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North of the tropic are the subtropics and the North Temperate Zone. The equivalent line of latitude south of the Equator is called the Tropic of Capricorn, and the region between the two, centered on the Equator, is the tropics.

In the year 2000, more than half of the world's population lived north of the Tropic of Cancer. [3]

There are approximately 13 hours, 35 minutes of daylight during the summer solstice. During the winter solstice, there are 10 hours, 41 minutes of daylight.

Using 23°26'N for the Tropic of Cancer, the tropic passes through the following countries and territories starting at the prime meridian and heading eastward:

Co-ordinatesCountry, territory or seaNotes
23°26′N0°0′E / 23.433°N 0.000°E / 23.433; 0.000 (Prime Meridian) Flag of Algeria.svg  Algeria
23°26′N11°51′E / 23.433°N 11.850°E / 23.433; 11.850 (Niger) Flag of Niger.svg  Niger
23°26′N12°17′E / 23.433°N 12.283°E / 23.433; 12.283 (Libya) Flag of Libya.svg  Libya The Tropic touches on the northernmost point of Flag of Chad.svg  Chad at 23°26′N15°59′E / 23.433°N 15.983°E / 23.433; 15.983 (Northernmost point of Chad)
23°26′N25°0′E / 23.433°N 25.000°E / 23.433; 25.000 (Egypt) Flag of Egypt.svg  Egypt The Tropic passes through Lake Nasser
23°26′N35°30′E / 23.433°N 35.500°E / 23.433; 35.500 (Red Sea) Red Sea
23°26′N38°38′E / 23.433°N 38.633°E / 23.433; 38.633 (Saudi Arabia) Flag of Saudi Arabia.svg  Saudi Arabia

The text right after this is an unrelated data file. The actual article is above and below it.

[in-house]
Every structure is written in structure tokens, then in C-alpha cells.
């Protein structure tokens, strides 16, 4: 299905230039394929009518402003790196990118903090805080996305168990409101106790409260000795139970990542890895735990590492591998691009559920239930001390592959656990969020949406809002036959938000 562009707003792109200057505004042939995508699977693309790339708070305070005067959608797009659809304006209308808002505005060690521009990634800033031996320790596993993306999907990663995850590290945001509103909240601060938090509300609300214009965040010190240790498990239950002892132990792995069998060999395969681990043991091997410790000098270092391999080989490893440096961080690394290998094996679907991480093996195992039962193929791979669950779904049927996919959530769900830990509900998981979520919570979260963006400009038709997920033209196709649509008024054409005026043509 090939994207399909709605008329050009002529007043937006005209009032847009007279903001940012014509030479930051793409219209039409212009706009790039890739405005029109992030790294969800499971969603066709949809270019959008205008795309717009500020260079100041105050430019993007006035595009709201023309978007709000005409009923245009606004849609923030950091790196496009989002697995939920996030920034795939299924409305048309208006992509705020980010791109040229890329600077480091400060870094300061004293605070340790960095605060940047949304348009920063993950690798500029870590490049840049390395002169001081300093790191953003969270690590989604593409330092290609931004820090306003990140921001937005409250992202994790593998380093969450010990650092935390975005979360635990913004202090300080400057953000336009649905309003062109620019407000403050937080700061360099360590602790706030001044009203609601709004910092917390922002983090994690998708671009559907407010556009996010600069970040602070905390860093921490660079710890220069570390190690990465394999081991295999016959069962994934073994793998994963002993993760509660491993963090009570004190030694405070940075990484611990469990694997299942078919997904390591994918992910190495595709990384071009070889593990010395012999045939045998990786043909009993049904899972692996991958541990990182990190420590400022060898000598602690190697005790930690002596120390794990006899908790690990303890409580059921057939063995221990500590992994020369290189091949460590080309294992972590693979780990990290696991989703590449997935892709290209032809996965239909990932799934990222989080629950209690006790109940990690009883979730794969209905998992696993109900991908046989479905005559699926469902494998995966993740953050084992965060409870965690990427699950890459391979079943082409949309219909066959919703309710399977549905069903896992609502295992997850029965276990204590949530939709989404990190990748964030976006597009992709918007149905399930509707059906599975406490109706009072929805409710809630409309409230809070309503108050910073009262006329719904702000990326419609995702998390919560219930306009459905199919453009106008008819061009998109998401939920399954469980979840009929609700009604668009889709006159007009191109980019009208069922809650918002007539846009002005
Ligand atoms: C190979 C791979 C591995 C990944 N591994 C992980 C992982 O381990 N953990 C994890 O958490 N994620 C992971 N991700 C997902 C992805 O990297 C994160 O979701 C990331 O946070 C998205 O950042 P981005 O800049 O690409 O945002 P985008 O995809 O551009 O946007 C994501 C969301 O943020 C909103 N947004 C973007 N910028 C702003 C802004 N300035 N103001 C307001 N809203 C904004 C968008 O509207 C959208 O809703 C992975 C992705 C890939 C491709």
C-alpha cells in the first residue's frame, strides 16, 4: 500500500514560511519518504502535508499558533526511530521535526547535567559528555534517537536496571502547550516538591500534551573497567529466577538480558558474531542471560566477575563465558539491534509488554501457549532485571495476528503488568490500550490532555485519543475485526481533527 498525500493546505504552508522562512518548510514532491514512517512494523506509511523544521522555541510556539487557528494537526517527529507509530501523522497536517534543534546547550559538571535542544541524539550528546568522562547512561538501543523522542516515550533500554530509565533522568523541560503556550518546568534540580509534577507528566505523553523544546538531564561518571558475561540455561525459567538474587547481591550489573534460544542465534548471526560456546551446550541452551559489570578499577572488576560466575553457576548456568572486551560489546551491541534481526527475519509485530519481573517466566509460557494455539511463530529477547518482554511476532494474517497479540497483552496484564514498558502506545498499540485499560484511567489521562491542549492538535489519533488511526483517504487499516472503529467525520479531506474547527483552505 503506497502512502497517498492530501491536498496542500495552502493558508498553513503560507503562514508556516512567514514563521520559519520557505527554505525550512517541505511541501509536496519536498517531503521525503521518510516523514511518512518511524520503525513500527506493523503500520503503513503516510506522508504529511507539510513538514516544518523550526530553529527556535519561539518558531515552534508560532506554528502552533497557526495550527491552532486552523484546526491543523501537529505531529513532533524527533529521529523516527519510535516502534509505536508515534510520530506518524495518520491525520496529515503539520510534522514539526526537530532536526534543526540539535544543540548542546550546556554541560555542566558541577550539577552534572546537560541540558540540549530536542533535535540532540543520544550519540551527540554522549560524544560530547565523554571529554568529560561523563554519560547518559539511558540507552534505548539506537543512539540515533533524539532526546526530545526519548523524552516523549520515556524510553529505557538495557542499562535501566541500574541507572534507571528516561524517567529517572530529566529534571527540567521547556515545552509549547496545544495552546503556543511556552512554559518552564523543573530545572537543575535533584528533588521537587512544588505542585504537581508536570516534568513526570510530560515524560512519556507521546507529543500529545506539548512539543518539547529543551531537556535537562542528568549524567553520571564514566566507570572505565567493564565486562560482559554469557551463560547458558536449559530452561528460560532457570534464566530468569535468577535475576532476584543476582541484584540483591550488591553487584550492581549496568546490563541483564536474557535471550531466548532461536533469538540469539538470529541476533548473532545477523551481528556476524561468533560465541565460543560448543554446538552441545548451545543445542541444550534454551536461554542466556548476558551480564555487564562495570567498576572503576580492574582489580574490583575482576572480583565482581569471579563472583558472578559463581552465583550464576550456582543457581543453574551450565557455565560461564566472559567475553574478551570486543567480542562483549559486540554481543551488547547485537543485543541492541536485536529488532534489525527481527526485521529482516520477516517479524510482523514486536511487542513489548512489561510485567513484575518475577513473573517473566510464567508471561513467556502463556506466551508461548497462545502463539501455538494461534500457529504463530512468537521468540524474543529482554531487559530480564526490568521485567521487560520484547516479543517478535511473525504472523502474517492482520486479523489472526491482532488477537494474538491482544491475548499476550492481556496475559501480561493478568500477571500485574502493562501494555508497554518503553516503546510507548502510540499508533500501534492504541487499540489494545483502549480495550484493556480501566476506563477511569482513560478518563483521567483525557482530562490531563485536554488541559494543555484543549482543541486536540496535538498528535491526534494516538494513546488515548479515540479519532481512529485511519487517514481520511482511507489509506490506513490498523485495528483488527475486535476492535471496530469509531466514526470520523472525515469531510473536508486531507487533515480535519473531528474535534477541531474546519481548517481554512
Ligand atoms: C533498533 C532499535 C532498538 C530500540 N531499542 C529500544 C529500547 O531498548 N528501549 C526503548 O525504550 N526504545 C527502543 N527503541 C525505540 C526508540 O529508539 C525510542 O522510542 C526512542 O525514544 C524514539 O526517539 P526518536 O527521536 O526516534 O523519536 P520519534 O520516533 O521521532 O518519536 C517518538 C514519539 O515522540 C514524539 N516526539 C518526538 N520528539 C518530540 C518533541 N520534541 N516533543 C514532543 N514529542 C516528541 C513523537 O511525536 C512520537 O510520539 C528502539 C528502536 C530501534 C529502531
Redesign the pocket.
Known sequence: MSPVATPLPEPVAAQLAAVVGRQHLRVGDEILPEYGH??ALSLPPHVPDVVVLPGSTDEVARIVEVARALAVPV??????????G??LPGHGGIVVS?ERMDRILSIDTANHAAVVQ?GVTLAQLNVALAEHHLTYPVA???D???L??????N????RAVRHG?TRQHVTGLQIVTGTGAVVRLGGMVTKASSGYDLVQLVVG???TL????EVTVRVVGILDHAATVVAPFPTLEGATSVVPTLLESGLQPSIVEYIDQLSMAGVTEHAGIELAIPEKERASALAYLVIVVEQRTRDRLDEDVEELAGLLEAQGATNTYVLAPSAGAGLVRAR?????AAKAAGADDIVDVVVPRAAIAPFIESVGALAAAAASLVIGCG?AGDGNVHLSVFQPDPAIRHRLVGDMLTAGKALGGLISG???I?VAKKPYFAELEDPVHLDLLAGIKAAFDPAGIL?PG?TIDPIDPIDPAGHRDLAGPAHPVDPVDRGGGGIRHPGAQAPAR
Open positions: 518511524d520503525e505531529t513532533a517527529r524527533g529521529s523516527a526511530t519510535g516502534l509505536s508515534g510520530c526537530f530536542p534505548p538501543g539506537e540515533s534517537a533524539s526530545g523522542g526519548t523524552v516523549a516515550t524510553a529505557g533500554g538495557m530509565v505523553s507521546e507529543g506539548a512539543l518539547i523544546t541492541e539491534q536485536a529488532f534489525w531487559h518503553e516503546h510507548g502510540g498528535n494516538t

23°26′N52°10′E / 23.433°N 52.167°E / 23.433; 52.167 (United Arab Emirates) Flag of the United Arab Emirates.svg  United Arab Emirates Abu Dhabi emirate only
23°26′N55°24′E / 23.433°N 55.400°E / 23.433; 55.400 (Oman) Flag of Oman.svg  Oman The tropic crosses Muscat, the country's capital.
23°26′N58°46′E / 23.433°N 58.767°E / 23.433; 58.767 (Indian Ocean) Indian Ocean Arabian Sea
23°26′N68°23′E / 23.433°N 68.383°E / 23.433; 68.383 (India) Flag of India.svg  India States of Gujarat, Rajasthan, Madhya Pradesh, Chhattisgarh, Jharkhand and West Bengal
23°26′N88°47′E / 23.433°N 88.783°E / 23.433; 88.783 (Bangladesh) Flag of Bangladesh.svg  Bangladesh Khulna, Dhaka, and Chittagong divisions
23°26′N91°14′E / 23.433°N 91.233°E / 23.433; 91.233 (India) Flag of India.svg  India State of Tripura
23°26′N91°56′E / 23.433°N 91.933°E / 23.433; 91.933 (Bangladesh) Flag of Bangladesh.svg  Bangladesh Chittagong Division
23°26′N92°19′E / 23.433°N 92.317°E / 23.433; 92.317 (India) Flag of India.svg  India State of Mizoram
23°26′N93°23′E / 23.433°N 93.383°E / 23.433; 93.383 (Myanmar) Flag of Myanmar.svg  Myanmar Chin State, Sagaing Division, Mandalay Division, Shan State
23°26′N98°54′E / 23.433°N 98.900°E / 23.433; 98.900 (China) Flag of the People's Republic of China.svg  China Provinces of Yunnan (passing about 7 km north of the border with Flag of Vietnam.svg  Vietnam), Guangxi, and Guangdong
23°26′N117°8′E / 23.433°N 117.133°E / 23.433; 117.133 (Taiwan Strait) Taiwan Strait
23°26′N120°8′E / 23.433°N 120.133°E / 23.433; 120.133 (Taiwan) Flag of the Republic of China.svg  Taiwan Hujing Island (Huching Island), Chiayi County, Hualien County
23°26′N121°29′E / 23.433°N 121.483°E / 23.433; 121.483 (Philippine Sea) Philippine Sea
23°26′N142°00′E / 23.433°N 142.000°E / 23.433; 142.000 (Pacific Ocean) Pacific Ocean Passing just south of Necker Island, Hawaii, Flag of the United States.svg  United States